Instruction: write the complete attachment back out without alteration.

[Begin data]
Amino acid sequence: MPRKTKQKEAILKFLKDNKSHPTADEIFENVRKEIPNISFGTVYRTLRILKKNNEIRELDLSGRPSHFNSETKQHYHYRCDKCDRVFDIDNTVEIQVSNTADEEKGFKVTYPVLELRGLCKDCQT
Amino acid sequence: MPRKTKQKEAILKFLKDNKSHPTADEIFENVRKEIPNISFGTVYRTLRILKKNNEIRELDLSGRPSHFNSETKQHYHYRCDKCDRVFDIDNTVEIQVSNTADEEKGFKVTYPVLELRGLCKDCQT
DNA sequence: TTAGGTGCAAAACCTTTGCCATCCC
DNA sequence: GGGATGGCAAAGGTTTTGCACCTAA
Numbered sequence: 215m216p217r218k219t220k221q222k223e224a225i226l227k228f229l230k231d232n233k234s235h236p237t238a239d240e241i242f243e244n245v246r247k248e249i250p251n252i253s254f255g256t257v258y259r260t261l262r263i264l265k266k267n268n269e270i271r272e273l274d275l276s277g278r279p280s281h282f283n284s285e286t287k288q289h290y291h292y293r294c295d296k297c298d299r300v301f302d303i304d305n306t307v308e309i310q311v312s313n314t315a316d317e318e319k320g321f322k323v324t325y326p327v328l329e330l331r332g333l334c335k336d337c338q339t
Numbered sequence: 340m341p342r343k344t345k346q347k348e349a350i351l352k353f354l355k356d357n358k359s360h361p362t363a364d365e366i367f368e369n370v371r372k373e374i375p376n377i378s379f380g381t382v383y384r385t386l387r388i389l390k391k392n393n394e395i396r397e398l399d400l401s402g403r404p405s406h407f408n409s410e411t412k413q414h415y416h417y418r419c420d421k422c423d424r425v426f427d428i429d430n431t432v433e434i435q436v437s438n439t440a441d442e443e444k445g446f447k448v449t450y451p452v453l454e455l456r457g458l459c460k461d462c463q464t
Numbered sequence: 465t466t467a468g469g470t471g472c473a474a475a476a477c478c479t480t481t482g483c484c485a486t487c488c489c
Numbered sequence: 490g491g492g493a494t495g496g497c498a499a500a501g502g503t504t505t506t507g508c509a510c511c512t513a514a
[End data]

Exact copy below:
Amino acid sequence: MPRKTKQKEAILKFLKDNKSHPTADEIFENVRKEIPNISFGTVYRTLRILKKNNEIRELDLSGRPSHFNSETKQHYHYRCDKCDRVFDIDNTVEIQVSNTADEEKGFKVTYPVLELRGLCKDCQT
Amino acid sequence: MPRKTKQKEAILKFLKDNKSHPTADEIFENVRKEIPNISFGTVYRTLRILKKNNEIRELDLSGRPSHFNSETKQHYHYRCDKCDRVFDIDNTVEIQVSNTADEEKGFKVTYPVLELRGLCKDCQT
DNA sequence: TTAGGTGCAAAACCTTTGCCATCCC
DNA sequence: GGGATGGCAAAGGTTTTGCACCTAA
Numbered sequence: 215m216p217r218k219t220k221q222k223e224a225i226l227k228f229l230k231d232n233k234s235h236p237t238a239d240e241i242f243e244n245v246r247k248e249i250p251n252i253s254f255g256t257v258y259r260t261l262r263i264l265k266k267n268n269e270i271r272e273l274d275l276s277g278r279p280s281h282f283n284s285e286t287k288q289h290y291h292y293r294c295d296k297c298d299r300v301f302d303i304d305n306t307v308e309i310q311v312s313n314t315a316d317e318e319k320g321f322k323v324t325y326p327v328l329e330l331r332g333l334c335k336d337c338q339t
Numbered sequence: 340m341p342r343k344t345k346q347k348e349a350i351l352k353f354l355k356d357n358k359s360h361p362t363a364d365e366i367f368e369n370v371r372k373e374i375p376n377i378s379f380g381t382v383y384r385t386l387r388i389l390k391k392n393n394e395i396r397e398l399d400l401s402g403r404p405s406h407f408n409s410e411t412k413q414h415y416h417y418r419c420d421k422c423d424r425v426f427d428i429d430n431t432v433e434i435q436v437s438n439t440a441d442e443e444k445g446f447k448v449t450y451p452v453l454e455l456r457g458l459c460k461d462c463q464t
Numbered sequence: 465t466t467a468g469g470t471g472c473a474a475a476a477c478c479t480t481t482g483c484c485a486t487c488c489c
Numbered sequence: 490g491g492g493a494t495g496g497c498a499a500a501g502g503t504t505t506t507g508c509a510c511c512t513a514a